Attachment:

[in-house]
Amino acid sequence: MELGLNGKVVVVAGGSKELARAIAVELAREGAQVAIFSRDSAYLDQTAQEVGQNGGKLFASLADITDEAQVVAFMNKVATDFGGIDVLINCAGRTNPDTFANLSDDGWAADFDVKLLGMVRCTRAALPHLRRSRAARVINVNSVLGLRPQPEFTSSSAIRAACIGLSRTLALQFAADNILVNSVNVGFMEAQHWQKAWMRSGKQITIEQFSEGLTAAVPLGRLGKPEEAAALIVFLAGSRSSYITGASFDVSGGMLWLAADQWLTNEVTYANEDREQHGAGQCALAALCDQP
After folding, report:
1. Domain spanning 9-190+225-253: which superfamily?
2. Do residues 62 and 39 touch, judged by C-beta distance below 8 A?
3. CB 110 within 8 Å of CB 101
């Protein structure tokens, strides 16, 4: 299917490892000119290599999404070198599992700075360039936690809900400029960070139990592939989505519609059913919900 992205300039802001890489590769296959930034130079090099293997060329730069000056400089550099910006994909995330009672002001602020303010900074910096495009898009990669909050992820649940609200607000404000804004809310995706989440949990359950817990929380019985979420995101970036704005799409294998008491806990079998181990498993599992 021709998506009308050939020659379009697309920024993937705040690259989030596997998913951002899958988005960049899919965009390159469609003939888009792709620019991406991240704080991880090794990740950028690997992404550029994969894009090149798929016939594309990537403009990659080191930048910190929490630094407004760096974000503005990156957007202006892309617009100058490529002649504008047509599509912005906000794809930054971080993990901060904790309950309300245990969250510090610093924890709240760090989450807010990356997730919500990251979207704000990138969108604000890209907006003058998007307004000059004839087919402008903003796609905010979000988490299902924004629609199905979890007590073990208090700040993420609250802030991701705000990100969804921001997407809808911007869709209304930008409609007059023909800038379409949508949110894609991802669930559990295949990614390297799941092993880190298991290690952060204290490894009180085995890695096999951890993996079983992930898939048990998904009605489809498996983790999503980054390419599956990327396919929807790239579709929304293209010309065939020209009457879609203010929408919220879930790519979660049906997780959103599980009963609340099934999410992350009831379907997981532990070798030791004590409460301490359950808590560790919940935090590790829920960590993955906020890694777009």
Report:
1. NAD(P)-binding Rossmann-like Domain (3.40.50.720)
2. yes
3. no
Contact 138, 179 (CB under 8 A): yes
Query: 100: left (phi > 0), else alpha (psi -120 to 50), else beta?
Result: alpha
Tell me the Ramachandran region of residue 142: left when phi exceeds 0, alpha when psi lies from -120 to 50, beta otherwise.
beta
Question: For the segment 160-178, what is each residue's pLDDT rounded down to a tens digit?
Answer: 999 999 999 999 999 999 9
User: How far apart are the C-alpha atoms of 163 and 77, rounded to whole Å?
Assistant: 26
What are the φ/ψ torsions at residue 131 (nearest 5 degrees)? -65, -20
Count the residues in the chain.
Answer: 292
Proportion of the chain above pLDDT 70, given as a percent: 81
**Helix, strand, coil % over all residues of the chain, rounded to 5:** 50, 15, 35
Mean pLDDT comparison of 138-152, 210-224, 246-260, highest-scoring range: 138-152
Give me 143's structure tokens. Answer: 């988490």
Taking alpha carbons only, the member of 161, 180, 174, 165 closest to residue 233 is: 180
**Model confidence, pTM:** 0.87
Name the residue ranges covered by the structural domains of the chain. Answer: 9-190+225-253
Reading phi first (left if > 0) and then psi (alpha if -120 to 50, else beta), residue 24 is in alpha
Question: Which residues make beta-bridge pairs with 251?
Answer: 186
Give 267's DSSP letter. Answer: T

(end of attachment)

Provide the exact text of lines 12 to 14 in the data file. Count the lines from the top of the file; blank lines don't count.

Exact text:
Contact 138, 179 (CB under 8 A): yes
Query: 100: left (phi > 0), else alpha (psi -120 to 50), else beta?
Result: alpha